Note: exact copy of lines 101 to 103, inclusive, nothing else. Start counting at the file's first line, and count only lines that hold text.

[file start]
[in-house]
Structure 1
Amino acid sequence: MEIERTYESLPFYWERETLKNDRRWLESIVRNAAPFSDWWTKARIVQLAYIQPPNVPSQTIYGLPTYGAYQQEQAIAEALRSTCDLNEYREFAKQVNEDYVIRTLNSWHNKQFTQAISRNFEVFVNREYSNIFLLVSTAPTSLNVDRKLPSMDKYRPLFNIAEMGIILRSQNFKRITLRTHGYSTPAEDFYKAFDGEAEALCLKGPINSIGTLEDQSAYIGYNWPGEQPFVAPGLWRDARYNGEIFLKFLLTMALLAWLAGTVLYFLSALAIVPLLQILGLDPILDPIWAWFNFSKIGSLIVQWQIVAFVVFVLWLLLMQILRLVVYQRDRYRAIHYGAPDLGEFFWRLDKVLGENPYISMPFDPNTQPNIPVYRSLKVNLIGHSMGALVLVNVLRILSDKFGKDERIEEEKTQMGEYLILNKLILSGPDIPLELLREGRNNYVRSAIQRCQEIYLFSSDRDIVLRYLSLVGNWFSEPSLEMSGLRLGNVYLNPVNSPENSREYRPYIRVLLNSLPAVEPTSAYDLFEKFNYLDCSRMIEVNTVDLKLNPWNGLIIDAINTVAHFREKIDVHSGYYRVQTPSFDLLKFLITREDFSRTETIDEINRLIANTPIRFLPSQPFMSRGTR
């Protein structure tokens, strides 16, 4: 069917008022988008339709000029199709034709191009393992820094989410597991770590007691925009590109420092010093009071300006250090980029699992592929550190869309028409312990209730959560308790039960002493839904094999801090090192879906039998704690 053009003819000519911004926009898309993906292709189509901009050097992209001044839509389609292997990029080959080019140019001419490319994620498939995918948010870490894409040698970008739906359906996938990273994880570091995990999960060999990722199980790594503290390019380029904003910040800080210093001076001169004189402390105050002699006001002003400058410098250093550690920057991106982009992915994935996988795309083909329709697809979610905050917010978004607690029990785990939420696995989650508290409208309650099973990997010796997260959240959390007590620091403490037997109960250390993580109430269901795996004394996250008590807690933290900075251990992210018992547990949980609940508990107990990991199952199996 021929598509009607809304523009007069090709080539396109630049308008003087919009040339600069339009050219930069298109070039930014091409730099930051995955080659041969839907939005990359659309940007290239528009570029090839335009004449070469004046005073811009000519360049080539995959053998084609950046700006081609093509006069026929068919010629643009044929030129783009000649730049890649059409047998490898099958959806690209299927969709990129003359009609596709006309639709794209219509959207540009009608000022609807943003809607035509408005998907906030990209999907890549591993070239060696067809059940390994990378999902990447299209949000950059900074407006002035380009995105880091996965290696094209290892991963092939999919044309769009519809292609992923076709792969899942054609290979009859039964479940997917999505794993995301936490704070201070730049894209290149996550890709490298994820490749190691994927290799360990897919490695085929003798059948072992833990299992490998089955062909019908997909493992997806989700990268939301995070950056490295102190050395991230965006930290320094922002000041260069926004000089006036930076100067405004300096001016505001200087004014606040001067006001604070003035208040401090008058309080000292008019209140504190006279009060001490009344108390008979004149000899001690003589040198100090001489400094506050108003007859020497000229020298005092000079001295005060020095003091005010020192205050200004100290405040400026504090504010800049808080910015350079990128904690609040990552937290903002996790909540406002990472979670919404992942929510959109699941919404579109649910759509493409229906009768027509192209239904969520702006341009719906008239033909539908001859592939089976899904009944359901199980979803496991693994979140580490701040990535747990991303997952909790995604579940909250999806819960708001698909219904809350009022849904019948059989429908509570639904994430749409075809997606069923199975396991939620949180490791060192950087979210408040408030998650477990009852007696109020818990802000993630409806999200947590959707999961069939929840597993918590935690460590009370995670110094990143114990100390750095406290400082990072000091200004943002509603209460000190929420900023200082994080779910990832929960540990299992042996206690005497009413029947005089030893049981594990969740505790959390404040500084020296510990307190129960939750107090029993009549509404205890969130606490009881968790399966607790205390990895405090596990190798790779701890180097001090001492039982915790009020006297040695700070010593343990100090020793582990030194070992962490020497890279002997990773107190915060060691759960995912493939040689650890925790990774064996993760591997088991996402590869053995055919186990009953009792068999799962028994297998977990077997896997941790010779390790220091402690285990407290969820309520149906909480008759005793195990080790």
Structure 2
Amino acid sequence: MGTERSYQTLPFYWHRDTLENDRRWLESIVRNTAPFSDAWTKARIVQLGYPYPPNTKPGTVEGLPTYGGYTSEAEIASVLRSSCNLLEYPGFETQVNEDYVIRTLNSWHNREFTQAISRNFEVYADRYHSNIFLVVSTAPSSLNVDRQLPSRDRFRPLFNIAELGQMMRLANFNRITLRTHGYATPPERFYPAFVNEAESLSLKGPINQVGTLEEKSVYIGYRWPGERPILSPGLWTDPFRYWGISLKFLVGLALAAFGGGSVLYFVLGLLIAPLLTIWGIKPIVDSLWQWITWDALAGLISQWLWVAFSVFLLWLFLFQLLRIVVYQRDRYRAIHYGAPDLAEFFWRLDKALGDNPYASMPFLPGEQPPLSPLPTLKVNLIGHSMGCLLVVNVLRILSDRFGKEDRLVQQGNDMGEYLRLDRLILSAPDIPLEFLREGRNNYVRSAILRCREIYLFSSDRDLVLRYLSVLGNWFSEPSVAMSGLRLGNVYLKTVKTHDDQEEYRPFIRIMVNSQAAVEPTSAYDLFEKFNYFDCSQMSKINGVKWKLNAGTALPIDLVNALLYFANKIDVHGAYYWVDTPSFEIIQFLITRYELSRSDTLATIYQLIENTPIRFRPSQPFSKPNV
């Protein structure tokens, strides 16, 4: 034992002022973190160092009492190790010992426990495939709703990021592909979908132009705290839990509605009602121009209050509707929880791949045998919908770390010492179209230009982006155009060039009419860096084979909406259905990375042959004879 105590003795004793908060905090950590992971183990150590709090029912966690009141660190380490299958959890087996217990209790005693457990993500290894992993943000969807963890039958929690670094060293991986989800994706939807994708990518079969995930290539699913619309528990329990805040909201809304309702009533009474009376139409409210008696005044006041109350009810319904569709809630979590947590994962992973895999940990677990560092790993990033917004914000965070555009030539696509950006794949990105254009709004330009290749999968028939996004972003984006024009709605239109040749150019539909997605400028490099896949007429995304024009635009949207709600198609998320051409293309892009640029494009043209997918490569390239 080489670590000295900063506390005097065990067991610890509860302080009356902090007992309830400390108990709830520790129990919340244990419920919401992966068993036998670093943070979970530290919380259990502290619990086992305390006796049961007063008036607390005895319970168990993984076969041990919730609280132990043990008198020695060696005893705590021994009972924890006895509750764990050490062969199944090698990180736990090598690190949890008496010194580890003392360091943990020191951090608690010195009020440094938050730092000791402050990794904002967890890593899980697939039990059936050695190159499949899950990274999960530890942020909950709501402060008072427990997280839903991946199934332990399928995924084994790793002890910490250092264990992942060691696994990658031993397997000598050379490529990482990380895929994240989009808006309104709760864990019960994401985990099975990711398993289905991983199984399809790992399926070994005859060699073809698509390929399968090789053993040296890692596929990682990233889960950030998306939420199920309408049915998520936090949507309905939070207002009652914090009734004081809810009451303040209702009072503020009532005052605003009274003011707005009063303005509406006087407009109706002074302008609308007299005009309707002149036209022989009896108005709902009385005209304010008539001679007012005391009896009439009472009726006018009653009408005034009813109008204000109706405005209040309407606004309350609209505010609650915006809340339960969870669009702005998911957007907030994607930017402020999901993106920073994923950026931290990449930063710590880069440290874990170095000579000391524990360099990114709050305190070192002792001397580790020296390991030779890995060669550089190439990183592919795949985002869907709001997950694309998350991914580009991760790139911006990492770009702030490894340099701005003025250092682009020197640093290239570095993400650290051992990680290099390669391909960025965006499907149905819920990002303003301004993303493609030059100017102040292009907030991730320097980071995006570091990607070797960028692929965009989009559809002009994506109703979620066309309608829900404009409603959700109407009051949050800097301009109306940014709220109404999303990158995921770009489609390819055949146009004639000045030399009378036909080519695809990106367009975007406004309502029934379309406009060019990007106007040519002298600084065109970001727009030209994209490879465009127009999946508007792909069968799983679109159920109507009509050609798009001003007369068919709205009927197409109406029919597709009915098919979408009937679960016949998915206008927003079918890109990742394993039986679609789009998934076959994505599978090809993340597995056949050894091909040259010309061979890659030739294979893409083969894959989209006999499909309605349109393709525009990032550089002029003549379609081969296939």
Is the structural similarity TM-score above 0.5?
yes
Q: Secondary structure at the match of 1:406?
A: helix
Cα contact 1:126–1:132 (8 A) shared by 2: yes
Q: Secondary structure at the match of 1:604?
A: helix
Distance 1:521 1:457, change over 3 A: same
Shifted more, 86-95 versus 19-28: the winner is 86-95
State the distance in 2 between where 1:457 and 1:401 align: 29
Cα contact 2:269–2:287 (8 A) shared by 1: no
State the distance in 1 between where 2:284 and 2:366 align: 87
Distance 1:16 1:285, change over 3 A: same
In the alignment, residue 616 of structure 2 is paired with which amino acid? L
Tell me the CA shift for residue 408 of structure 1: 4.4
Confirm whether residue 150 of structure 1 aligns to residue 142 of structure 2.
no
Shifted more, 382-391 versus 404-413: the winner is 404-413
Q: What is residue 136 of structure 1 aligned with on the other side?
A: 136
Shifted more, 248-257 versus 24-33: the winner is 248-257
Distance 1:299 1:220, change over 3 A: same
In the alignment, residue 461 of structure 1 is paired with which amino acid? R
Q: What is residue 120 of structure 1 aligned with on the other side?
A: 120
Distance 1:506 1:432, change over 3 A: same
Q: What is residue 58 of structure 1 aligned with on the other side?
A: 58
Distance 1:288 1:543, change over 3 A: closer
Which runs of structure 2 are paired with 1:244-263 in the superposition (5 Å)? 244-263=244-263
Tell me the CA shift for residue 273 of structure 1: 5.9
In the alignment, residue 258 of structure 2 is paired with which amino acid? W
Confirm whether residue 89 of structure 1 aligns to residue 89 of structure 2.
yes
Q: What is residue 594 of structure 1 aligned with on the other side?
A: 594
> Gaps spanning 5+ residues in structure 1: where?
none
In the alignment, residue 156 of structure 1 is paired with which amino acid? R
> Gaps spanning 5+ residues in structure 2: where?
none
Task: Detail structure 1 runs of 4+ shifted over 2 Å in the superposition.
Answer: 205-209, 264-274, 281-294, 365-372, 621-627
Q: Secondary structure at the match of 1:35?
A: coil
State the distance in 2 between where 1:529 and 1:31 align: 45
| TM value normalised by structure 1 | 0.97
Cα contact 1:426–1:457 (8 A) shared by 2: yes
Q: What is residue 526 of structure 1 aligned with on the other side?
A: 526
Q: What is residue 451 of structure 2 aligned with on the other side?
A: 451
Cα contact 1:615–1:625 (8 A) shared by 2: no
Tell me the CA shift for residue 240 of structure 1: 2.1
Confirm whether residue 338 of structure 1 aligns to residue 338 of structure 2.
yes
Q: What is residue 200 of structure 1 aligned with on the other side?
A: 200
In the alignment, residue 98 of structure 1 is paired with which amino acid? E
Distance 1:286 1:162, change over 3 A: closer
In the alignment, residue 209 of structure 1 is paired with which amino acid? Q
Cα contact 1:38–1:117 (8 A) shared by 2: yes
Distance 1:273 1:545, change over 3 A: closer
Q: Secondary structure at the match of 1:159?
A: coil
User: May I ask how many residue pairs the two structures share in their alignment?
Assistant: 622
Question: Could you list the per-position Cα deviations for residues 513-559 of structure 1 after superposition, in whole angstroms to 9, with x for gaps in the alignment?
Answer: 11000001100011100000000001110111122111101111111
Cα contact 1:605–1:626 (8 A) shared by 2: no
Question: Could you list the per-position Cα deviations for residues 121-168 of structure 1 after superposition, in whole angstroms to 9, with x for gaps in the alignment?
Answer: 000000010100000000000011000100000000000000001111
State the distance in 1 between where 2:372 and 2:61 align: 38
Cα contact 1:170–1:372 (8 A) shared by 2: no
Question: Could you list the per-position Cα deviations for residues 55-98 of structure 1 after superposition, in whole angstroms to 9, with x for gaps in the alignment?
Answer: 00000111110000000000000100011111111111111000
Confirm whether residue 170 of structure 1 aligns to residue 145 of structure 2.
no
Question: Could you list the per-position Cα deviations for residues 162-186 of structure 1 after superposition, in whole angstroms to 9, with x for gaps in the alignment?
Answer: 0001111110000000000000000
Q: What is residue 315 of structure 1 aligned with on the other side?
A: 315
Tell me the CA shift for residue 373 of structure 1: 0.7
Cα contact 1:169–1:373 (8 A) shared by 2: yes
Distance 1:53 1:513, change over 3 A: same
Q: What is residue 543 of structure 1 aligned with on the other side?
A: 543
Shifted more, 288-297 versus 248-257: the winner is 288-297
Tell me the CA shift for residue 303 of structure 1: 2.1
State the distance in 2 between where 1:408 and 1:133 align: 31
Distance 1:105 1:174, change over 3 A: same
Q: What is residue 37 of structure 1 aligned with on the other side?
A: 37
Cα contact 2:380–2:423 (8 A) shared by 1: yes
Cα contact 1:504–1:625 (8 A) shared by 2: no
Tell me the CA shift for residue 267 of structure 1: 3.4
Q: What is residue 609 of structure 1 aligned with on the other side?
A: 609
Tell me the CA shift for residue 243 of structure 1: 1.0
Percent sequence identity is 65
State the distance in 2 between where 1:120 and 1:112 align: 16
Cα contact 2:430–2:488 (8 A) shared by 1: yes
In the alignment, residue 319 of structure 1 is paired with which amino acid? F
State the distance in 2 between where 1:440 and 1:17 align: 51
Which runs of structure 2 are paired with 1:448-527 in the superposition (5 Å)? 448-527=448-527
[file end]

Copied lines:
Cα contact 2:380–2:423 (8 A) shared by 1: yes
Cα contact 1:504–1:625 (8 A) shared by 2: no
Tell me the CA shift for residue 267 of structure 1: 3.4